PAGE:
I feel the need to preface this review with a message: I’ve been a fan of Swift since Fearless, and have followed her career ever since. I consider her among the great legends of music, and always will. With that, comes the knowledge of Swift’s habits. For example, I am fully aware of her tendency to release catchy, fun and light hearted anthems with less than groundbreaking lyrics as the lead single. I am also fully aware of the fact that music can be all those things and still be brilliant, for example, her last three lead singles. In this case, however, I believe Swift has let the ball drop.

Featuring Brendon Urie (of Panic! At the Disco), the TS7 lead single, ‘ME!’, is the antithesis of everything ‘Look What You Made Me Do’ was, not only in terms of sound and aesthetic, but in quality. The campy brilliance of ‘Look What You Made Me Do’ is missing on ‘ME!’, with a seemingly lack of thought to be the problem. Although catchy, ‘ME!’ seems too generic, too impersonal to be the work of Swift. It’s quite odd given the talent involved. Urie along with Joel Little (frequent collaborator of Lorde) share writing credits along with Swift. Despite her recent essay discussing how personal details make pop music great, ‘ME!’ lacks any of this, instead focusing on being relatable to its own detriment. Even Swift’s staple spoken bridge that features on her lead singles more so than not lacks all the iconic-ness of ‘We Are Never Ever Getting Back Together”s “so he calls me up…”, ‘Shake It Off”s “this sick beat” and ‘Look What You Made Me Do”s “cause she’s dead”. Instead she Best she could come up with was “Hey Kids! Spelling is Fun!” before launching into a god awful and nonsensical bridge made of tragic plays on spelling words with the song’s title (in Swift’s defence, she credits Urie as the mastermind behind the bridge, so at least the songwriter part of her reputation remains somewhat intact).

In the song’s favour, ‘ME!’ is rather catchy and features quite a good message, and must have been a relief for Swift to leave the persona of her reputation behind. It also features some great vocal work from both Swift and Urie, whose voices actually mesh better than one would expect. Their back and forth on the song’s second half is quite entertaining and appears and genuine collaboration between two artists, for which the pair has to be given credit given generic one verse feature that has become a trend for anyone looking to make a quick buck.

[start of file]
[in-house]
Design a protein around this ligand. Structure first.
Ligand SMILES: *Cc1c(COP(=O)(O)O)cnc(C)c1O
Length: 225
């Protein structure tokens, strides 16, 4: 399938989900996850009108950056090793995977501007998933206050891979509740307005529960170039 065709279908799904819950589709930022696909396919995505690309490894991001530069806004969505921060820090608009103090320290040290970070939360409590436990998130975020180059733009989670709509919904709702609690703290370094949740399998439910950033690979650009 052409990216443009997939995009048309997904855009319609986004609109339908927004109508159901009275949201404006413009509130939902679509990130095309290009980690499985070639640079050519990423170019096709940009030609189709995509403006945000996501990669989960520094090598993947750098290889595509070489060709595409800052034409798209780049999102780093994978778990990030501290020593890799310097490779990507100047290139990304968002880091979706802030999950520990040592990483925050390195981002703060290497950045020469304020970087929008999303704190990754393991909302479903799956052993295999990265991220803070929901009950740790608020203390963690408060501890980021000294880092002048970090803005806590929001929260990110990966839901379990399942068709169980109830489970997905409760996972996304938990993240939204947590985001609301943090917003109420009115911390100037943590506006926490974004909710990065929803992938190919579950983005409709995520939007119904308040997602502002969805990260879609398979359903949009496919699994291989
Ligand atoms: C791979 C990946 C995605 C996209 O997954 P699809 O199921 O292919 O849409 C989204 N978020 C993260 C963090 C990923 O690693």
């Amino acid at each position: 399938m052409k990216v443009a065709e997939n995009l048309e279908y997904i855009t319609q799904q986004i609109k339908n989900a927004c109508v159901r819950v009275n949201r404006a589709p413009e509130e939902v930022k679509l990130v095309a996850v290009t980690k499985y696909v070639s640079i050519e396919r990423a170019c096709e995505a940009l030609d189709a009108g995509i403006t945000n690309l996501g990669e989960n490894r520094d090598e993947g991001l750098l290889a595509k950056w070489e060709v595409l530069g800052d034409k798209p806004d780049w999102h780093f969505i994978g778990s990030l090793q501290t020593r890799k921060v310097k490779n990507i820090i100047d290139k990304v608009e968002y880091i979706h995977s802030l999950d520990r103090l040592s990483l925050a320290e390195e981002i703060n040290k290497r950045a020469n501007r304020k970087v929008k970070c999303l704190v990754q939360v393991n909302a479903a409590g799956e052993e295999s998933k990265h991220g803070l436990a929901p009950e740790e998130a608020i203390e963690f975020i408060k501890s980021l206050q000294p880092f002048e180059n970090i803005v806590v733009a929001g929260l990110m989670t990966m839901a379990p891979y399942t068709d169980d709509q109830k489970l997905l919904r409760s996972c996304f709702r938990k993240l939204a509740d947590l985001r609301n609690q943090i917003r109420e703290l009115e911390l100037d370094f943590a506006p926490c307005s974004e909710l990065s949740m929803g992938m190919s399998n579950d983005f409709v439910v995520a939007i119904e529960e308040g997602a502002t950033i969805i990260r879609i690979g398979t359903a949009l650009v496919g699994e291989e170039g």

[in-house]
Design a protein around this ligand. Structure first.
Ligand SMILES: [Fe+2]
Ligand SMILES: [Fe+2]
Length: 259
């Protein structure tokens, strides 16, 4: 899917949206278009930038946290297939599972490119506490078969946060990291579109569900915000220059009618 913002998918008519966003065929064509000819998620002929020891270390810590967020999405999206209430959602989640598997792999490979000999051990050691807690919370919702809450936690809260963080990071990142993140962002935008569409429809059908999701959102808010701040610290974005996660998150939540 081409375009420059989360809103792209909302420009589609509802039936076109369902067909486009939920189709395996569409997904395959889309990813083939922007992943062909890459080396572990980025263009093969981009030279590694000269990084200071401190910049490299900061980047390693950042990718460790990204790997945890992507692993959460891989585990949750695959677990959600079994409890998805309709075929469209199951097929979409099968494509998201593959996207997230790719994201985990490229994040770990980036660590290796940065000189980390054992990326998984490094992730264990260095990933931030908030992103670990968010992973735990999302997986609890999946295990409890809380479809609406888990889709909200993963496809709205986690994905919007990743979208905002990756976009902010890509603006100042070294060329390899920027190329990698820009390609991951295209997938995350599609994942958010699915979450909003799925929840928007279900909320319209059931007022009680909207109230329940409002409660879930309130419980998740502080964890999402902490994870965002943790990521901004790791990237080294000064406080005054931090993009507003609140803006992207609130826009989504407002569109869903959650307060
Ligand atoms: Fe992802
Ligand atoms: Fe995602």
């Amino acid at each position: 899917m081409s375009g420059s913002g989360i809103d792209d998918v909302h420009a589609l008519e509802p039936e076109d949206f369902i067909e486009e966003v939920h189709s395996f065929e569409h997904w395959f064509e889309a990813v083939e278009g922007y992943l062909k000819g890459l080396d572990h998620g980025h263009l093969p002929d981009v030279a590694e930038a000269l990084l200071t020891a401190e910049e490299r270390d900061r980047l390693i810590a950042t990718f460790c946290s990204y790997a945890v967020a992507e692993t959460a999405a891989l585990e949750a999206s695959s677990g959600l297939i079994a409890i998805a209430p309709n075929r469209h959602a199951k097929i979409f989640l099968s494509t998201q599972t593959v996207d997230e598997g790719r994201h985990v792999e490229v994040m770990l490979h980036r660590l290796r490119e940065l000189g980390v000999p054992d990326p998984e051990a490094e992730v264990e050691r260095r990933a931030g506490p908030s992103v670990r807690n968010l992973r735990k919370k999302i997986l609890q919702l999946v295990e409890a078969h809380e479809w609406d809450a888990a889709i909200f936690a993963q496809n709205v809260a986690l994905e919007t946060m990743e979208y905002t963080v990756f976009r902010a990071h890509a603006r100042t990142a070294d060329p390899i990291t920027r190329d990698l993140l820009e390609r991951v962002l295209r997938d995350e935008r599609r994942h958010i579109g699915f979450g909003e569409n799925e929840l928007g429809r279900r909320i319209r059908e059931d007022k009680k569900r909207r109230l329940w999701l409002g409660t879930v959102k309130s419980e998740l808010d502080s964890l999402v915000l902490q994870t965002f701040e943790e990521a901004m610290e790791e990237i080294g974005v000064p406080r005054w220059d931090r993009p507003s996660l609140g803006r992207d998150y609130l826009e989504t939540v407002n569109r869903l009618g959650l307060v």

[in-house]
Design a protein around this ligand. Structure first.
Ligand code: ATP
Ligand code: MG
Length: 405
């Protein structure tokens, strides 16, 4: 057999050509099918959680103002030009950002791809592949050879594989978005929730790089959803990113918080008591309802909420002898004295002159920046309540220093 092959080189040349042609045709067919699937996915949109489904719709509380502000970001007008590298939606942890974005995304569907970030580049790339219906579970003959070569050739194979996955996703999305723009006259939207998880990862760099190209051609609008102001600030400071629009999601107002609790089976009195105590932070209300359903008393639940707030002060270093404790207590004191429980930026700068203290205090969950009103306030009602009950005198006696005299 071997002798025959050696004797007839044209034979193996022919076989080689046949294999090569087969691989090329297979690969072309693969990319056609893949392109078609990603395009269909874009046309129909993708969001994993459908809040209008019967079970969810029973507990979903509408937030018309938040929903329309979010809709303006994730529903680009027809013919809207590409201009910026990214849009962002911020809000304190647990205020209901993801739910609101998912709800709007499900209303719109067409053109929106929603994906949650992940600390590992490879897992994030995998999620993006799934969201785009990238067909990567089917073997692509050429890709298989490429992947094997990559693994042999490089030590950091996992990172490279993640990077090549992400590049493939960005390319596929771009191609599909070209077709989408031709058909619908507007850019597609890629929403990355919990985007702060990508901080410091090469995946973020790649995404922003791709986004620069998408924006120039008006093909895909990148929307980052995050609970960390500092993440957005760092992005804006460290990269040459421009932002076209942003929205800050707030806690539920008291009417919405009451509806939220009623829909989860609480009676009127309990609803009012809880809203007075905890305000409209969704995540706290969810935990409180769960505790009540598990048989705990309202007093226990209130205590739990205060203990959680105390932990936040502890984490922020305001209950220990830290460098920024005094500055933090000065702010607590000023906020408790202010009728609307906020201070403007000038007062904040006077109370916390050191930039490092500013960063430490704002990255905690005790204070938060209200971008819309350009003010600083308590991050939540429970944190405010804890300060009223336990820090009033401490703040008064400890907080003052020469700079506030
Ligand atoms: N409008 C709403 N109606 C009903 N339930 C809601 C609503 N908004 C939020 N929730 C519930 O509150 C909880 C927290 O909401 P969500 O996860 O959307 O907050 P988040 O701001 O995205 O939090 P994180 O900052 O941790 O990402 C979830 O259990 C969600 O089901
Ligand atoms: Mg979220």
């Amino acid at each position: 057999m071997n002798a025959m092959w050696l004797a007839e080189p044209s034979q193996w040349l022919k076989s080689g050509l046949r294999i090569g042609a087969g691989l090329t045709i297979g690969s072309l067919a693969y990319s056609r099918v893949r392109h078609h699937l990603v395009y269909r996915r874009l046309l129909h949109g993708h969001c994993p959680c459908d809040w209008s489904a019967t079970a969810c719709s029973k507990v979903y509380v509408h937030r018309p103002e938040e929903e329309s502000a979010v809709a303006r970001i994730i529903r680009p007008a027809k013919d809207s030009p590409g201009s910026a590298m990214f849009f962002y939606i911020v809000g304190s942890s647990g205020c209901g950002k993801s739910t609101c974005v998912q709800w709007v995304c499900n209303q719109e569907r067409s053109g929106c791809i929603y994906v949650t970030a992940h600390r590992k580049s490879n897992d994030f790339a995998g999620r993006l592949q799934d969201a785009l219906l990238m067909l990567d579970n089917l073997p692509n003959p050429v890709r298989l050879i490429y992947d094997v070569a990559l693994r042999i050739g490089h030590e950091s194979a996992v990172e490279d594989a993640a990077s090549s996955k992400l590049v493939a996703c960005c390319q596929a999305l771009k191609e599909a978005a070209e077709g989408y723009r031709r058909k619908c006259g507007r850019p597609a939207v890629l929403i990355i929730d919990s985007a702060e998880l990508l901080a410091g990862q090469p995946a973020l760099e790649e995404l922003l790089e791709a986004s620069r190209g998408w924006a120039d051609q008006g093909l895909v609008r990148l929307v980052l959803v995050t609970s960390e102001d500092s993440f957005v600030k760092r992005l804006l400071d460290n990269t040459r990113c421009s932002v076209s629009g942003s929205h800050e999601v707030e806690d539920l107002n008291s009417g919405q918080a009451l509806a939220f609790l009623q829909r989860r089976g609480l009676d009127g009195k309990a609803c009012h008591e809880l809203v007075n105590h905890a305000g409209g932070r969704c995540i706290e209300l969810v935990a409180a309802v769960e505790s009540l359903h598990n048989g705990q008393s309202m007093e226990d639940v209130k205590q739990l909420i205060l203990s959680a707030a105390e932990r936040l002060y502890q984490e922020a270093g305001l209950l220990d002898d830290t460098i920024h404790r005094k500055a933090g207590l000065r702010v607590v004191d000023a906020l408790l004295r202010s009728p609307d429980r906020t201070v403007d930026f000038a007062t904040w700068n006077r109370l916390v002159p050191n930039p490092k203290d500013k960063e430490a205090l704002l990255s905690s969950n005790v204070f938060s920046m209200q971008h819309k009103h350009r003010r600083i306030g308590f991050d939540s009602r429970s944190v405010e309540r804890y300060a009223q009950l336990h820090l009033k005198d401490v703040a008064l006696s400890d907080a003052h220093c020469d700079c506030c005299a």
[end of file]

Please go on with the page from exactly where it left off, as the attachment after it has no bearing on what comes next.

At the end of the day, ‘ME!’ serves a purpose. It’s designed by Swift and her collaborators to be a fun pop song with little depth other than to make you feel good about yourself. However, as well intentioned as it may be, ‘ME!’ is a poor attempt to recapture the brilliance of previous eras, made look only worse when considered against the body of work that is Swift’s discography with which it must compete.

ALBUM REVIEW: ‘Cuz I Love You’ – Lizzo

As she belts out the opening line of the titular track from her third studio album, Cuz I Love You, Lizzo sounds like she’s letting out a battle cry. To a large extent, that’s what this album is. Following a career spanning 10 years, with two albums under her belt, Lizzo is finally getting her moment, and be damned those who get in her way. In what could well be career-defining record, Lizzo delivers everything she needs to and then some. As she teeters on the line between fan favourite and mainstream pop star, Cuz I Love You pushes her well into the latter.

If the the title track is a her battle cry, the rest of the album is a perfectly strategised attack led by the army of talents that the 30 year-old singer/songwriter/rapper/flutist possesses. Shifting her way through genres as easy as changing a TV channel, Lizzo makes it known that there is very little she can’t do flawlessly. Her voice is stellar and even in the quieter moments, the production still keeps up with the multiple bangers. Tracks like lead single ‘Juice’ and the Missy Elliott featuring ‘Tempo’ bang harder than most of the chart hits of the last five years combined, while the likes of ‘Jerome’ and ‘Lingerie’ provide more soulful and vulnerable moments. “Like A Girl” is a highlight in an album full of highlights and should give Lizzo a surefire hit if it’s pushed (“Only exes that I care about are in my fucking chromosomes” is an early front runner for lyric of the year).

However, Cuz I Love You isn’t just a major achievement for the artist behind it, it’s a major turning point for the industry, as a plus-size woman celebrates exactly who she is without a care in the world. The record’s title track may refer to a man, but the album is a love letter to herself, with almost every track dripping in appreciation for the brilliance of Lizzo. A guide in self-belief, the sheer confidence that drenches every cut on Cuz I Love You is infectious to the point of sheer delusion. Lizzo’s display of not only self-belief and ambition, but the talent to back it up, establishes her as both an undeniable tour de force, and a defining artist of our generation.

ALBUM REVIEW: ‘portraits’ – Greyson Chance